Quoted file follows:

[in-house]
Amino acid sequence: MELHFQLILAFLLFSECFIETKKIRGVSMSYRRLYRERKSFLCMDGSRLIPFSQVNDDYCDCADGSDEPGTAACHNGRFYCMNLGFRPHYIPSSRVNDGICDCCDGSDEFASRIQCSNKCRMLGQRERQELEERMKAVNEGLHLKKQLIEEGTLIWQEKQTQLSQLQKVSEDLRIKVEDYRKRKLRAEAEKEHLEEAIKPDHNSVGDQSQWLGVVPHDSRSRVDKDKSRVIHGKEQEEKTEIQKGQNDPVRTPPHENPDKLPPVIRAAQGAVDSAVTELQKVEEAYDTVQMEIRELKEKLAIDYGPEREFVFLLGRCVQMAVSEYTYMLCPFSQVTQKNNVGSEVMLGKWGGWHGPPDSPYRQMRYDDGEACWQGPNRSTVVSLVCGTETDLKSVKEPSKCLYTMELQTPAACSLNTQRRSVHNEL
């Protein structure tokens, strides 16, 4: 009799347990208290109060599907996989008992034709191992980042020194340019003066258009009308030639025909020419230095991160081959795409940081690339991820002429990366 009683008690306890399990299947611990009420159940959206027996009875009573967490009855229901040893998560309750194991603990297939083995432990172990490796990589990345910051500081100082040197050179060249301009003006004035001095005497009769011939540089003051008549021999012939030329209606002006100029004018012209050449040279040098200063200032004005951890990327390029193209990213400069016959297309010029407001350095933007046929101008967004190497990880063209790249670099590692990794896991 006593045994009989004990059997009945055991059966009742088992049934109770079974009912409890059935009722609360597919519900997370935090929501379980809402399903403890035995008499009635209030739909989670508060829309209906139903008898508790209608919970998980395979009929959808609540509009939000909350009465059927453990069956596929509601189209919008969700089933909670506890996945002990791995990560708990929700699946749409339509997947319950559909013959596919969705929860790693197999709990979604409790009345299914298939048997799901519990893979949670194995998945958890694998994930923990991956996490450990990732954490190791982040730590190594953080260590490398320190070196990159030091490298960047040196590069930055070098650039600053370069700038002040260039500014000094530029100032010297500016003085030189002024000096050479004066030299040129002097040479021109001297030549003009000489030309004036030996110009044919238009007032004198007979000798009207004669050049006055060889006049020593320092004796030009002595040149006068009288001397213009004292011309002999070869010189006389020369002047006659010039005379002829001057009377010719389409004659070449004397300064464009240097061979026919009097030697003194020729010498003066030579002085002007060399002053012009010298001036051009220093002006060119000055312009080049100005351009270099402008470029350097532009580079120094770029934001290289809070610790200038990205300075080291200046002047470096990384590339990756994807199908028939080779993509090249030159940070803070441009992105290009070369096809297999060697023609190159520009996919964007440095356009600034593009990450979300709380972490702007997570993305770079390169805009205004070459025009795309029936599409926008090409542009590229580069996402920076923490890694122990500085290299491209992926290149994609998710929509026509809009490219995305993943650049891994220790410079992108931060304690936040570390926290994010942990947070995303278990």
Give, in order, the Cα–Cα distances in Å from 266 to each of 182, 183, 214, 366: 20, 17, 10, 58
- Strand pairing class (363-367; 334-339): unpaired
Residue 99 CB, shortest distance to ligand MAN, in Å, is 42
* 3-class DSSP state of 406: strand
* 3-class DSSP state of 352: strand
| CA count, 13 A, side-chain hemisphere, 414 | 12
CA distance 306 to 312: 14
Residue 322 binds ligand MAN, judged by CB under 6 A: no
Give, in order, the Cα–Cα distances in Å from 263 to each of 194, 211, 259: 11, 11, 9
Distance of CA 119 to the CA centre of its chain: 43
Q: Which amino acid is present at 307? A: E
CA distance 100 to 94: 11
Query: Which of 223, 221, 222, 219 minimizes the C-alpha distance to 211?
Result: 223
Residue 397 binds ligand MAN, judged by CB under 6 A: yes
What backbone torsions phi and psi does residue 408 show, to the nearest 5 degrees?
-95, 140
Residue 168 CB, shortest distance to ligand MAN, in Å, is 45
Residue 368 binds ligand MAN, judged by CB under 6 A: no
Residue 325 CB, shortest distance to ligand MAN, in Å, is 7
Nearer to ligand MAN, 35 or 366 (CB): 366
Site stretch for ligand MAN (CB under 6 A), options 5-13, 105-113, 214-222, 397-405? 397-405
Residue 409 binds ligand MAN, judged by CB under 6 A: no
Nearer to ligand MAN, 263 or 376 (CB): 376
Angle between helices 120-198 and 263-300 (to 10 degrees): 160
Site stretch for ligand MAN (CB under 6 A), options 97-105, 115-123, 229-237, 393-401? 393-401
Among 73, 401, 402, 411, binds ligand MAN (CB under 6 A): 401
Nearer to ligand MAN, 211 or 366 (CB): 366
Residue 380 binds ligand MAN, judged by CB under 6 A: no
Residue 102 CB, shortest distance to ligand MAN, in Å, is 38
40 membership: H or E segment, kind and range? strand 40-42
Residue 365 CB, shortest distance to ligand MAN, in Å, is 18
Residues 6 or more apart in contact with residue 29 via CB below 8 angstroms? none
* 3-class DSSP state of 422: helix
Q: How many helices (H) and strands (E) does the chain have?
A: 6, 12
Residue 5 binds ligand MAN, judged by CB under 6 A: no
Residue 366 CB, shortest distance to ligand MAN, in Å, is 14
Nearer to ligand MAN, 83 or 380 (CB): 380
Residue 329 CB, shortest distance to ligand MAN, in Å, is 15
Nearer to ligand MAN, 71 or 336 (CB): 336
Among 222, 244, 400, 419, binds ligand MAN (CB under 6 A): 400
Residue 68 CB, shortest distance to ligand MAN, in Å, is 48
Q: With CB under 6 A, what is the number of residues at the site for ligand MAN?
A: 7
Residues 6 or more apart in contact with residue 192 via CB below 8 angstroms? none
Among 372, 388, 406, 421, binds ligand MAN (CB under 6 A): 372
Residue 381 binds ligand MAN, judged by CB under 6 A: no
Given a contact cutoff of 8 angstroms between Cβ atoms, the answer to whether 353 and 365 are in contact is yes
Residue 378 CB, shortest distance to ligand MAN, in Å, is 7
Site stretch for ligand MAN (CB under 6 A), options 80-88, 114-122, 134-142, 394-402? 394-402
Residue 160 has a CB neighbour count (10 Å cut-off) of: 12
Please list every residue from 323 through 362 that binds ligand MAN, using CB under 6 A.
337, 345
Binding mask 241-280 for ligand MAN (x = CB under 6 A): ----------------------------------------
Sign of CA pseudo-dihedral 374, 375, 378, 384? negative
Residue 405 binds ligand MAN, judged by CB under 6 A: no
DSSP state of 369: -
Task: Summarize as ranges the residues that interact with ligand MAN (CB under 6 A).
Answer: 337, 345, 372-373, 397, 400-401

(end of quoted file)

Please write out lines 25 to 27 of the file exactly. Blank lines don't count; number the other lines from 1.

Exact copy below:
Site stretch for ligand MAN (CB under 6 A), options 5-13, 105-113, 214-222, 397-405? 397-405
Residue 409 binds ligand MAN, judged by CB under 6 A: no
Nearer to ligand MAN, 263 or 376 (CB): 376